Agriculture to boost Kenyan economy

April 19, 2010

, NAIROBI, Kenya, Apr 19 – Improved rains and a bumper harvest are expected to help double Kenya’s economic growth in the second quarter of 2010.

Gross Domestic Product (GDP) for the second quarter of 2009 stood at 2.1 percent, while indications from experts suggest that this could rise to four percent.

Speaking while releasing a quarterly economic survey on Monday, CFC Stanbic Financial services Head of Research Judd Murigi said the rebound in Q2 would be largely attributed to a turnaround in the agricultural sector, which was affected in 2009 by drought.

“With agriculture comprising 23 percent of our GDP, we think that the rains and subsequent harvest will significantly impact in the overall GDP growth in the second quarter this year,” Mr Murigi said.

The report however indicates that the abundant harvest could present a challenge with the depressed commodity prices due to oversupply and lack of market for the produce.

“The government should address this challenge by ensuring farmers produce is able to reach internal and external markets,” the researcher said.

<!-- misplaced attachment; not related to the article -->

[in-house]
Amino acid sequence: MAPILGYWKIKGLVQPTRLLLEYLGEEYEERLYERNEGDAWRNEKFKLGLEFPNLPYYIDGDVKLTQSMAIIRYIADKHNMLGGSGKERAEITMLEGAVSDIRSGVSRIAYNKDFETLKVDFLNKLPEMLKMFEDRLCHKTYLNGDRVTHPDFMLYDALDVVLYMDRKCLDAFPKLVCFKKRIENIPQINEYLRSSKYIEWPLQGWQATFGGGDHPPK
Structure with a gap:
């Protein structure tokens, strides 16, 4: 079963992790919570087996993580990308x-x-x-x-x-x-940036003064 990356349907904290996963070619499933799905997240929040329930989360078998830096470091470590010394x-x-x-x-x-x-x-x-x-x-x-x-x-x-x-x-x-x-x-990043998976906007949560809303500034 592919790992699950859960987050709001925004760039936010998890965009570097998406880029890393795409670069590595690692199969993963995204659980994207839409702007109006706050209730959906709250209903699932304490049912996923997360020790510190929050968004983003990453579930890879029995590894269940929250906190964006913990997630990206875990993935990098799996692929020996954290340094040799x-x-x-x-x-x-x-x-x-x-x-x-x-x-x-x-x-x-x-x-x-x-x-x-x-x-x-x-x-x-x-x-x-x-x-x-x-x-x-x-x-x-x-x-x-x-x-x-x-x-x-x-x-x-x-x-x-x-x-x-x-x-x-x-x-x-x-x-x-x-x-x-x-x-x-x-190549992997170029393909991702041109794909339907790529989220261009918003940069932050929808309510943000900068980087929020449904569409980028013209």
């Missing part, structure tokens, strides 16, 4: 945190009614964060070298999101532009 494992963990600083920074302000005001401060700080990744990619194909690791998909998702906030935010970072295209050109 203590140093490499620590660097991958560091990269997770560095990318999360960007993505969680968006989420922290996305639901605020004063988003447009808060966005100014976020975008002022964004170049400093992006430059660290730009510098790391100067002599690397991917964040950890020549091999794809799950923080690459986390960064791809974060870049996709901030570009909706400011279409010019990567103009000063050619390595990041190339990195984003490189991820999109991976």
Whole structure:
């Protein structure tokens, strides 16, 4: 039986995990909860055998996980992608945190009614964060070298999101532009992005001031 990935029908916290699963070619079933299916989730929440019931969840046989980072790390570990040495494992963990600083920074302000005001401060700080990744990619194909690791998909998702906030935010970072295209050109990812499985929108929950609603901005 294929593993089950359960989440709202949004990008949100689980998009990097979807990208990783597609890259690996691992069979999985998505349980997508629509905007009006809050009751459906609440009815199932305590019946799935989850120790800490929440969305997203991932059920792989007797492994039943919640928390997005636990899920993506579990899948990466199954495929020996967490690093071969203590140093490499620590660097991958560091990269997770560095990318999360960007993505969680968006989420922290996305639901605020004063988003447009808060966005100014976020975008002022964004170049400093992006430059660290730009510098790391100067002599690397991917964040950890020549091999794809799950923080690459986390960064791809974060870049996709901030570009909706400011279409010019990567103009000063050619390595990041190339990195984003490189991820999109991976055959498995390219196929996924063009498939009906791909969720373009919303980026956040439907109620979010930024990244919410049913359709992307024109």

2010 projections put the growth at between three to four percent as the economy continues to strengthen. Kenya’s GDP reduced to 1.7 percent in 2008 from the 7.1 percent achieved in 2007 and subsequently rose to 2.5 percent in 2009.

The report also indicated increased activity at the stock market, with greater participation expected from retail investors.

In the first quarter of 2010, the NSE 20 Share Index and NSE All Share Index were up 24.89 percent and 17.44 percent respectively, making the NSE the best performing top ranked African equity market for Q1 of 2010.

Market capitalisation was up 17.44 percent for the first quarter and hit the Sh1 trillion mark in April.

“Following that the NSE (20 Share Index) reached 4,000 points, we now think that the index is trading 4,500 to 5,000 points. We think the index could be trading at these levels in the coming few months,” he said.

The outlook predicts that yields on government securities will continue to decline with Treasury bills trading in the four to five percent range in the next two months.

On monetary and fiscal policy, Mr Murigi expects the Central Bank to continue with an expansionary monetary policy in an attempt to boost the economy.


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